MUMBAI: The Shiv Sena on Monday said the West Bengal election results have proved that Prime Minister Narendra Modi and Union Home Minister Amit Shah are not invincible.
An editorial in the Sena mouthpiece 'Saamana' said out of four states (West Bengal, Assam, Tamil Nadu and Kerala) and a Union Territory (Puducherry) which recently went to polls, all eyes were on West Bengal.
"Instead of tackling the raging COVID-19 pandemic, the entire central government, including Prime Minister Modi, was in the poll arena of West Bengal to defeat (Chief Minister) Mamata Banerjee," it said.
On Sunday, Banerjee fended off a spirited challenge by a resurgent BJP in West Bengal with a landslide victory for her Trinamool Congress (TMC) party for a third consecutive term.
"The results have proved that despite having all the machinery and technology at their disposal, Modi-Shah are not invincible," the Marathi daily said.
The Shiv Sena, which shares power in Maharashtra with the NCP and Congress, did not contest the West Bengal polls, but extended its support to Banerjee.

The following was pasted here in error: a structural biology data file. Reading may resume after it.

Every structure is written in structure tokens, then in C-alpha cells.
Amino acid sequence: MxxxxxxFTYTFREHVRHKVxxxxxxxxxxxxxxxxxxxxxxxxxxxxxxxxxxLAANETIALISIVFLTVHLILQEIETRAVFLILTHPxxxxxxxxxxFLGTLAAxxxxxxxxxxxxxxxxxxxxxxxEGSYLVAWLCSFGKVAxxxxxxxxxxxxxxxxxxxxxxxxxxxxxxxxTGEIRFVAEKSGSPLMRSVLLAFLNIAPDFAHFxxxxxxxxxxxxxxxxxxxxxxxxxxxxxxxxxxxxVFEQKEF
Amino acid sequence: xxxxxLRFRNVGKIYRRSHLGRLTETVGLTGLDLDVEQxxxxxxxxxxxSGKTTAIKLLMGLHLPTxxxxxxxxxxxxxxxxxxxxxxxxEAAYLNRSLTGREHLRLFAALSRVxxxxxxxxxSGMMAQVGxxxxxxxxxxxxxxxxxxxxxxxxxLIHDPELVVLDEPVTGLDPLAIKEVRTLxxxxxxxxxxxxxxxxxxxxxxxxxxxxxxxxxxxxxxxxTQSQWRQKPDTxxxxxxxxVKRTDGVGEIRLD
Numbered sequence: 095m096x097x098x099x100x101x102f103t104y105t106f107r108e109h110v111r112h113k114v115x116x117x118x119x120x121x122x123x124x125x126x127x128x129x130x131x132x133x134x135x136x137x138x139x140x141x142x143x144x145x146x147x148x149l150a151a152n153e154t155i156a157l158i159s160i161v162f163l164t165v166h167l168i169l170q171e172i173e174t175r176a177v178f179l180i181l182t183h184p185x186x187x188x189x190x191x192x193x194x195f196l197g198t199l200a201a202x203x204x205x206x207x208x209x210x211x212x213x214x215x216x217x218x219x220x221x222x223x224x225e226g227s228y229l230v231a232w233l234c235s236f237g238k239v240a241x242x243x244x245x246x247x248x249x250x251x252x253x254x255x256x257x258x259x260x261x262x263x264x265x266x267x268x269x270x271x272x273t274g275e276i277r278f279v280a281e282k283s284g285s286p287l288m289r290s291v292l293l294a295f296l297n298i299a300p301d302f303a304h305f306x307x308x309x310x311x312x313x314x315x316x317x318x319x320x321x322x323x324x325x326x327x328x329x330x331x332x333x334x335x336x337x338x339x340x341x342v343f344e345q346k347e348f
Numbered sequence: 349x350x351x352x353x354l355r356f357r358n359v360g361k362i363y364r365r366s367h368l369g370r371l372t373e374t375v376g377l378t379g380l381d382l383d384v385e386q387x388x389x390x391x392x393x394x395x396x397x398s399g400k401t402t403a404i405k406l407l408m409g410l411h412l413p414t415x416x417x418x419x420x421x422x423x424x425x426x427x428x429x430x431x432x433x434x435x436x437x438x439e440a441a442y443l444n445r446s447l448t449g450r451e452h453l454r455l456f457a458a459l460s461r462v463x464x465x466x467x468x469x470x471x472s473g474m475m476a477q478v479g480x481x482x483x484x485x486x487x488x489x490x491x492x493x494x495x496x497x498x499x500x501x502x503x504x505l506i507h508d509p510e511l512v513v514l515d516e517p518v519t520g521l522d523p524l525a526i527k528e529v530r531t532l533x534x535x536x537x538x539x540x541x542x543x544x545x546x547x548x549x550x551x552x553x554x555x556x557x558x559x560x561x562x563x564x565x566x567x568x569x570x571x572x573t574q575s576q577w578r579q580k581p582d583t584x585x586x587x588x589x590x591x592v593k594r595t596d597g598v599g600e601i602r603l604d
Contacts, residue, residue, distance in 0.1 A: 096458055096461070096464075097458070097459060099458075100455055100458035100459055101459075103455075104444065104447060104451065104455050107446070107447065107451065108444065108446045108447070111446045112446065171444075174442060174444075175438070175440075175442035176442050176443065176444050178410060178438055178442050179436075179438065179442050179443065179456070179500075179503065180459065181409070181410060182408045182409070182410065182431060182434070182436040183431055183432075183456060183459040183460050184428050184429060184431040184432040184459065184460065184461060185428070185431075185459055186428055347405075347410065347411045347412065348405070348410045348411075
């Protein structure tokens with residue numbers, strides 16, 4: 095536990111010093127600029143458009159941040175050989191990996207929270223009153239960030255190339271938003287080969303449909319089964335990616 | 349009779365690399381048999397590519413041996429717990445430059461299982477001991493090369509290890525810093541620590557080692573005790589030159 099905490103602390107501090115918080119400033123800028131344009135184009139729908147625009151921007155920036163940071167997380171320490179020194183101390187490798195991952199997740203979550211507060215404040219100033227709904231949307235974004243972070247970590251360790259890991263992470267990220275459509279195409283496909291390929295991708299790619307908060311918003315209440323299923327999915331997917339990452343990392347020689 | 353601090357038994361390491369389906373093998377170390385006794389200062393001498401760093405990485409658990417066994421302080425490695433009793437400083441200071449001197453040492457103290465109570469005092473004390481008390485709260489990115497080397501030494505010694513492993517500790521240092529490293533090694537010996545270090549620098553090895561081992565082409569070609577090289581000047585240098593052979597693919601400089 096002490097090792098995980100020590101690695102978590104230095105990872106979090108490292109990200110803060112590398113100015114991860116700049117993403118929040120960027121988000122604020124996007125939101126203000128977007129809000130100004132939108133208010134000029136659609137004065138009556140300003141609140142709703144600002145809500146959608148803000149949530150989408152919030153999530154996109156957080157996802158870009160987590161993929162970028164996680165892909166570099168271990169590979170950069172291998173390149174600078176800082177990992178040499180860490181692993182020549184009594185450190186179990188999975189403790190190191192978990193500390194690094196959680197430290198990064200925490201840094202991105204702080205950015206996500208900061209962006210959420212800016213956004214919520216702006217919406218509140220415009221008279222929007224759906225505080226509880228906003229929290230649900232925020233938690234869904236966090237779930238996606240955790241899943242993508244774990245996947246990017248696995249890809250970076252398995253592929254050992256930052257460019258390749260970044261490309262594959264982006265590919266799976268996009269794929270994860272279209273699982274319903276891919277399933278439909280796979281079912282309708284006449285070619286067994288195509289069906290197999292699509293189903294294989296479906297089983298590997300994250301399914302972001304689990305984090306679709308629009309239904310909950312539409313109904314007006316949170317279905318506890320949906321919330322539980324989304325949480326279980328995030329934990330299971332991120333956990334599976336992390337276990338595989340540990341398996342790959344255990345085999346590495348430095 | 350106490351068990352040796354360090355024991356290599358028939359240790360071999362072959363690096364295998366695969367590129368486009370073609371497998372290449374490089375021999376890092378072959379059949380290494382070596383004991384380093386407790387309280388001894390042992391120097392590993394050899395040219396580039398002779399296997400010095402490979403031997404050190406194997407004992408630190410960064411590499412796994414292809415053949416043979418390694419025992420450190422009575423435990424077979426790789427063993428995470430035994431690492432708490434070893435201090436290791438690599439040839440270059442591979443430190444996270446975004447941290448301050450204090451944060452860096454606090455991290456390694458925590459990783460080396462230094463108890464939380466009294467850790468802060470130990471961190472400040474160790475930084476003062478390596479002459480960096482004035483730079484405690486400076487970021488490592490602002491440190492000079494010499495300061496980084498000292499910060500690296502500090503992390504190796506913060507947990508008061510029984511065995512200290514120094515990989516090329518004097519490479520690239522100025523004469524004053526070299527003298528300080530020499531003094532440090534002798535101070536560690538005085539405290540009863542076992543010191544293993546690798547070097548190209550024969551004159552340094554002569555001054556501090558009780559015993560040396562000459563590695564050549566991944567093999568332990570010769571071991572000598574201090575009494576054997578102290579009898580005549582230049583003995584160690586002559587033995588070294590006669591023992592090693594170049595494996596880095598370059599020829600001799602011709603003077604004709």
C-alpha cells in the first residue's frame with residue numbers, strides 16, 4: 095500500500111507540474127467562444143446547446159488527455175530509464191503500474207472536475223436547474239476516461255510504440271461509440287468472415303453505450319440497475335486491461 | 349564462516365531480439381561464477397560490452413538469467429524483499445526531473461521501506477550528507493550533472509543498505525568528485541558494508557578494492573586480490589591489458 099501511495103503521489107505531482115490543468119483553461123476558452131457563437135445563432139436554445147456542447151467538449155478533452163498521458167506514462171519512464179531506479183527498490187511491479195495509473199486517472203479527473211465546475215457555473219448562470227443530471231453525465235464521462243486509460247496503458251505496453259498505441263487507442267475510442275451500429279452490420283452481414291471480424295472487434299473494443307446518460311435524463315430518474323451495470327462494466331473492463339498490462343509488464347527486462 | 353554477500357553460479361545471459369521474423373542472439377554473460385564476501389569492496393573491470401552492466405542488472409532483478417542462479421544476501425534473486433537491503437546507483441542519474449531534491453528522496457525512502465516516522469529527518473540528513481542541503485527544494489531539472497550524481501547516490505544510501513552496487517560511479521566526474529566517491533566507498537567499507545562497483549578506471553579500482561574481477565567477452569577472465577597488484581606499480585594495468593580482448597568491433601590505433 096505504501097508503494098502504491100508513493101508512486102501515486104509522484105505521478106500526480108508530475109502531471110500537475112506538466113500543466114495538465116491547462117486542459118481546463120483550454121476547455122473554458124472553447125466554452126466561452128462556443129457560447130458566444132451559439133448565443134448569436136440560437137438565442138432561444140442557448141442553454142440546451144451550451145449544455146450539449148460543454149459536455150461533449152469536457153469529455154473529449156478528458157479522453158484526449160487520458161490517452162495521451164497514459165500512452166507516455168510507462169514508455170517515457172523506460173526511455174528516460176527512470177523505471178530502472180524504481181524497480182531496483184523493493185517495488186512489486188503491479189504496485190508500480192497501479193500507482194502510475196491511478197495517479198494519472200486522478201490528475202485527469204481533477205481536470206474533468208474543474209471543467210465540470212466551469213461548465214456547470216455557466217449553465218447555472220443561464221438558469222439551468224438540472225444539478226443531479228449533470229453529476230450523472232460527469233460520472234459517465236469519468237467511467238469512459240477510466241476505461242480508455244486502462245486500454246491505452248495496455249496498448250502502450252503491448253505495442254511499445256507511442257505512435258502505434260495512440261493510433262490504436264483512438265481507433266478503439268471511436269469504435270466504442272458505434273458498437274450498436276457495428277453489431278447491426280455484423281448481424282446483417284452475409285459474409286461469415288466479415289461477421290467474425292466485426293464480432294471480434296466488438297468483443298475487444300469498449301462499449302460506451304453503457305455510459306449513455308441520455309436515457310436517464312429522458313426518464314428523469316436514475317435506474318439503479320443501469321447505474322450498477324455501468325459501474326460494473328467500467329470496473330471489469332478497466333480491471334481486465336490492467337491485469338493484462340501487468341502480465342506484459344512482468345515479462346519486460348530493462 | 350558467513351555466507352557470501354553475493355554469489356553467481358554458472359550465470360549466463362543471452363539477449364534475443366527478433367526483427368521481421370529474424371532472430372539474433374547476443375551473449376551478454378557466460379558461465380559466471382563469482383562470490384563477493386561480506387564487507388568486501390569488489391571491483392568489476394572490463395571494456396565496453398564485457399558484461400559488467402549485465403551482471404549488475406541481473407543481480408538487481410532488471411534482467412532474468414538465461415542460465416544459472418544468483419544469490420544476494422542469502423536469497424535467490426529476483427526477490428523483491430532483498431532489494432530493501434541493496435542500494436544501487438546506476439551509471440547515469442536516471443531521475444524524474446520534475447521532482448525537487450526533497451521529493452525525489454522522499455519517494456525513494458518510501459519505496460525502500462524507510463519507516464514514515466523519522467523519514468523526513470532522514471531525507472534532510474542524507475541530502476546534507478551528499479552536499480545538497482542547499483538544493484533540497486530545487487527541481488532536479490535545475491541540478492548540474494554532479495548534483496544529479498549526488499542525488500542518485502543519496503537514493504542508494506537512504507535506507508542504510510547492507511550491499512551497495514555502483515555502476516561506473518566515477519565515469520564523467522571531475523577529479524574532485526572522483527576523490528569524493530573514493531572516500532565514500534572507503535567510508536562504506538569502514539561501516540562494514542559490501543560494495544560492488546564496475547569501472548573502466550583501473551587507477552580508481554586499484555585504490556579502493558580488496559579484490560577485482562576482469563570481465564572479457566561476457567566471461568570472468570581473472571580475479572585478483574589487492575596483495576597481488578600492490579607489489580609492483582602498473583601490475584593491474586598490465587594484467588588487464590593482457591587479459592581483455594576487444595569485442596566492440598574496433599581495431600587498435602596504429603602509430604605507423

West Bengal had to go through eight phases of voting, the editorial noted, and claimed the BJP used money, power andgovernment machinery to defeat Mamata Banerjee.
"The BJP lost and the corona won. This is a one-line analysis of the Bengal poll results," the editorial said.
With the single aim to win West Bengal, Modi and Shah entered the poll fray, held massive rallies and roadshows, violating all COVID-19 safety rules, it alleged.
It said the Madras High Court has blamed the Election Commission for the spread of COVID-19 due to the long-drawn campaign in the states where polls were recently held, especially West Bengal.
The Sena asked who will take the responsibility of the BJP's performance in the polls.
Except for Assam and Puducherry, the BJP has not done well (in other states which went to polls), it said.
"The people of West Bengal need to be complimented for not falling prey to an artificial wave and for unitedly standing up for their own prestige. The country should learn from Bengal," the editorial said.